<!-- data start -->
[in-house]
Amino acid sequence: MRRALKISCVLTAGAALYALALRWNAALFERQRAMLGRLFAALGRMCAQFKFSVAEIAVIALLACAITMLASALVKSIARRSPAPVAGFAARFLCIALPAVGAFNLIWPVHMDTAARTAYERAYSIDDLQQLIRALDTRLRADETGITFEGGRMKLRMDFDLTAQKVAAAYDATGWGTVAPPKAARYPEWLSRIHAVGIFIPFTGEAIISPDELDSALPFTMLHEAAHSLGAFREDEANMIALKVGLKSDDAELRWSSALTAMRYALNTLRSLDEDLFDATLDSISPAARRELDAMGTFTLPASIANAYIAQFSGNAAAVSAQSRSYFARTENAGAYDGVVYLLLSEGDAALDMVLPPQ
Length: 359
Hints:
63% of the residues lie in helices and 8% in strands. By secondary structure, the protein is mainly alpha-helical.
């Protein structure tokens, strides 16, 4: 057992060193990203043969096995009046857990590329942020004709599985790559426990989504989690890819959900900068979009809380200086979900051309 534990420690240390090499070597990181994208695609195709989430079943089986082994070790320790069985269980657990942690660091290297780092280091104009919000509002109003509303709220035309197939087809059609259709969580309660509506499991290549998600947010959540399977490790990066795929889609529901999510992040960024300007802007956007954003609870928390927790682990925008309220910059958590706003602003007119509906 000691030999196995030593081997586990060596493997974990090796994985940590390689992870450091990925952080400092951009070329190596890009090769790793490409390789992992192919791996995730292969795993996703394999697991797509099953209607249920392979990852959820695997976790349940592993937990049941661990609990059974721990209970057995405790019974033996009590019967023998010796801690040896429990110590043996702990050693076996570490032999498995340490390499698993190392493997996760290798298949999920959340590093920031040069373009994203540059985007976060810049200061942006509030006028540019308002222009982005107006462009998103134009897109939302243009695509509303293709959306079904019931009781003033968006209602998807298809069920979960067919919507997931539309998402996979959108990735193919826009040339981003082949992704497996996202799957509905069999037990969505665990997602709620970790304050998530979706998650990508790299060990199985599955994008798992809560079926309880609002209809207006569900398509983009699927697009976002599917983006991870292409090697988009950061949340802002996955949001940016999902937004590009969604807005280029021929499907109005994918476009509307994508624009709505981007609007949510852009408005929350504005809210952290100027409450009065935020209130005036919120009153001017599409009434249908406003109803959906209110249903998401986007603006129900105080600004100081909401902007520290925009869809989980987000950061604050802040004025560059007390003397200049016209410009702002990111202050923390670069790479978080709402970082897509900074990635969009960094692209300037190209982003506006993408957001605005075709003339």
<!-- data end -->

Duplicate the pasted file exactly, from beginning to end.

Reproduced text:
[in-house]
Amino acid sequence: MRRALKISCVLTAGAALYALALRWNAALFERQRAMLGRLFAALGRMCAQFKFSVAEIAVIALLACAITMLASALVKSIARRSPAPVAGFAARFLCIALPAVGAFNLIWPVHMDTAARTAYERAYSIDDLQQLIRALDTRLRADETGITFEGGRMKLRMDFDLTAQKVAAAYDATGWGTVAPPKAARYPEWLSRIHAVGIFIPFTGEAIISPDELDSALPFTMLHEAAHSLGAFREDEANMIALKVGLKSDDAELRWSSALTAMRYALNTLRSLDEDLFDATLDSISPAARRELDAMGTFTLPASIANAYIAQFSGNAAAVSAQSRSYFARTENAGAYDGVVYLLLSEGDAALDMVLPPQ
Length: 359
Hints:
63% of the residues lie in helices and 8% in strands. By secondary structure, the protein is mainly alpha-helical.
């Protein structure tokens, strides 16, 4: 057992060193990203043969096995009046857990590329942020004709599985790559426990989504989690890819959900900068979009809380200086979900051309 534990420690240390090499070597990181994208695609195709989430079943089986082994070790320790069985269980657990942690660091290297780092280091104009919000509002109003509303709220035309197939087809059609259709969580309660509506499991290549998600947010959540399977490790990066795929889609529901999510992040960024300007802007956007954003609870928390927790682990925008309220910059958590706003602003007119509906 000691030999196995030593081997586990060596493997974990090796994985940590390689992870450091990925952080400092951009070329190596890009090769790793490409390789992992192919791996995730292969795993996703394999697991797509099953209607249920392979990852959820695997976790349940592993937990049941661990609990059974721990209970057995405790019974033996009590019967023998010796801690040896429990110590043996702990050693076996570490032999498995340490390499698993190392493997996760290798298949999920959340590093920031040069373009994203540059985007976060810049200061942006509030006028540019308002222009982005107006462009998103134009897109939302243009695509509303293709959306079904019931009781003033968006209602998807298809069920979960067919919507997931539309998402996979959108990735193919826009040339981003082949992704497996996202799957509905069999037990969505665990997602709620970790304050998530979706998650990508790299060990199985599955994008798992809560079926309880609002209809207006569900398509983009699927697009976002599917983006991870292409090697988009950061949340802002996955949001940016999902937004590009969604807005280029021929499907109005994918476009509307994508624009709505981007609007949510852009408005929350504005809210952290100027409450009065935020209130005036919120009153001017599409009434249908406003109803959906209110249903998401986007603006129900105080600004100081909401902007520290925009869809989980987000950061604050802040004025560059007390003397200049016209410009702002990111202050923390670069790479978080709402970082897509900074990635969009960094692209300037190209982003506006993408957001605005075709003339």